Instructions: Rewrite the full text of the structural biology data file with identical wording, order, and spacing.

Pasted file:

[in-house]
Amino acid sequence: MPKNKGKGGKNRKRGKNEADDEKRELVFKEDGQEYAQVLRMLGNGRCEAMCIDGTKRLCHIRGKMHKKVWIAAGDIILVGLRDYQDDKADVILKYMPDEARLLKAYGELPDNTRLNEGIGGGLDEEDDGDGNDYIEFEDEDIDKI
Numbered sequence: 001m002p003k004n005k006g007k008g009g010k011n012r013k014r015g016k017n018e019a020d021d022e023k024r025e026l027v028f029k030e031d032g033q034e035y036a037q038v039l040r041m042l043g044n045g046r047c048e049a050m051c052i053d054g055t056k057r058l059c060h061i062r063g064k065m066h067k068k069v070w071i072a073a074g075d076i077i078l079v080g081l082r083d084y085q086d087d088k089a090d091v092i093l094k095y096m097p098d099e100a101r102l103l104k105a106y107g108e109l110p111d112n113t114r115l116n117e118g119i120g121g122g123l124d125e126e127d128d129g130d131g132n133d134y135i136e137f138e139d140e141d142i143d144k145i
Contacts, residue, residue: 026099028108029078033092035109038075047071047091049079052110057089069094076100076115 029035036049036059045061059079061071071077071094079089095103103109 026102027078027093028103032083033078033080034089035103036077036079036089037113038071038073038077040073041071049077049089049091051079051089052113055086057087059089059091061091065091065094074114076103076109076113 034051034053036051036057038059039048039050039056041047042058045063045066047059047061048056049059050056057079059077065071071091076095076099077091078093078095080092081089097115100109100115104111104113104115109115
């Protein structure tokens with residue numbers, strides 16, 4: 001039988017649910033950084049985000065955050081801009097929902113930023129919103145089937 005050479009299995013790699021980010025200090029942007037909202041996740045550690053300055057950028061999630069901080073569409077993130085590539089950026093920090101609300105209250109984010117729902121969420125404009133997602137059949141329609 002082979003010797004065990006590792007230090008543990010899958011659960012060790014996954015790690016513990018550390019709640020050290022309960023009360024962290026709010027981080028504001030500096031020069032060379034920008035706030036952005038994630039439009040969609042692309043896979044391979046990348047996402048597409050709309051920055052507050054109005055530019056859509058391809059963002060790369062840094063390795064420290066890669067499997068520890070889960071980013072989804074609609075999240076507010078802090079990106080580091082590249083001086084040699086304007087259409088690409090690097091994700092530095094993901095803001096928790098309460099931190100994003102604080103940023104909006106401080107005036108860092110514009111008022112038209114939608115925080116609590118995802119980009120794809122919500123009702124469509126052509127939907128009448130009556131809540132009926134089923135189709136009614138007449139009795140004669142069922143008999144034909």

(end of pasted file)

[in-house]
Amino acid sequence: MPKNKGKGGKNRKRGKNEADDEKRELVFKEDGQEYAQVLRMLGNGRCEAMCIDGTKRLCHIRGKMHKKVWIAAGDIILVGLRDYQDDKADVILKYMPDEARLLKAYGELPDNTRLNEGIGGGLDEEDDGDGNDYIEFEDEDIDKI
Numbered sequence: 001m002p003k004n005k006g007k008g009g010k011n012r013k014r015g016k017n018e019a020d021d022e023k024r025e026l027v028f029k030e031d032g033q034e035y036a037q038v039l040r041m042l043g044n045g046r047c048e049a050m051c052i053d054g055t056k057r058l059c060h061i062r063g064k065m066h067k068k069v070w071i072a073a074g075d076i077i078l079v080g081l082r083d084y085q086d087d088k089a090d091v092i093l094k095y096m097p098d099e100a101r102l103l104k105a106y107g108e109l110p111d112n113t114r115l116n117e118g119i120g121g122g123l124d125e126e127d128d129g130d131g132n133d134y135i136e137f138e139d140e141d142i143d144k145i
Contacts, residue, residue: 026099028108029078033092035109038075047071047091049079052110057089069094076100076115 029035036049036059045061059079061071071077071094079089095103103109 026102027078027093028103032083033078033080034089035103036077036079036089037113038071038073038077040073041071049077049089049091051079051089052113055086057087059089059091061091065091065094074114076103076109076113 034051034053036051036057038059039048039050039056041047042058045063045066047059047061048056049059050056057079059077065071071091076095076099077091078093078095080092081089097115100109100115104111104113104115109115
């Protein structure tokens with residue numbers, strides 16, 4: 001039988017649910033950084049985000065955050081801009097929902113930023129919103145089937 005050479009299995013790699021980010025200090029942007037909202041996740045550690053300055057950028061999630069901080073569409077993130085590539089950026093920090101609300105209250109984010117729902121969420125404009133997602137059949141329609 002082979003010797004065990006590792007230090008543990010899958011659960012060790014996954015790690016513990018550390019709640020050290022309960023009360024962290026709010027981080028504001030500096031020069032060379034920008035706030036952005038994630039439009040969609042692309043896979044391979046990348047996402048597409050709309051920055052507050054109005055530019056859509058391809059963002060790369062840094063390795064420290066890669067499997068520890070889960071980013072989804074609609075999240076507010078802090079990106080580091082590249083001086084040699086304007087259409088690409090690097091994700092530095094993901095803001096928790098309460099931190100994003102604080103940023104909006106401080107005036108860092110514009111008022112038209114939608115925080116609590118995802119980009120794809122919500123009702124469509126052509127939907128009448130009556131809540132009926134089923135189709136009614138007449139009795140004669142069922143008999144034909």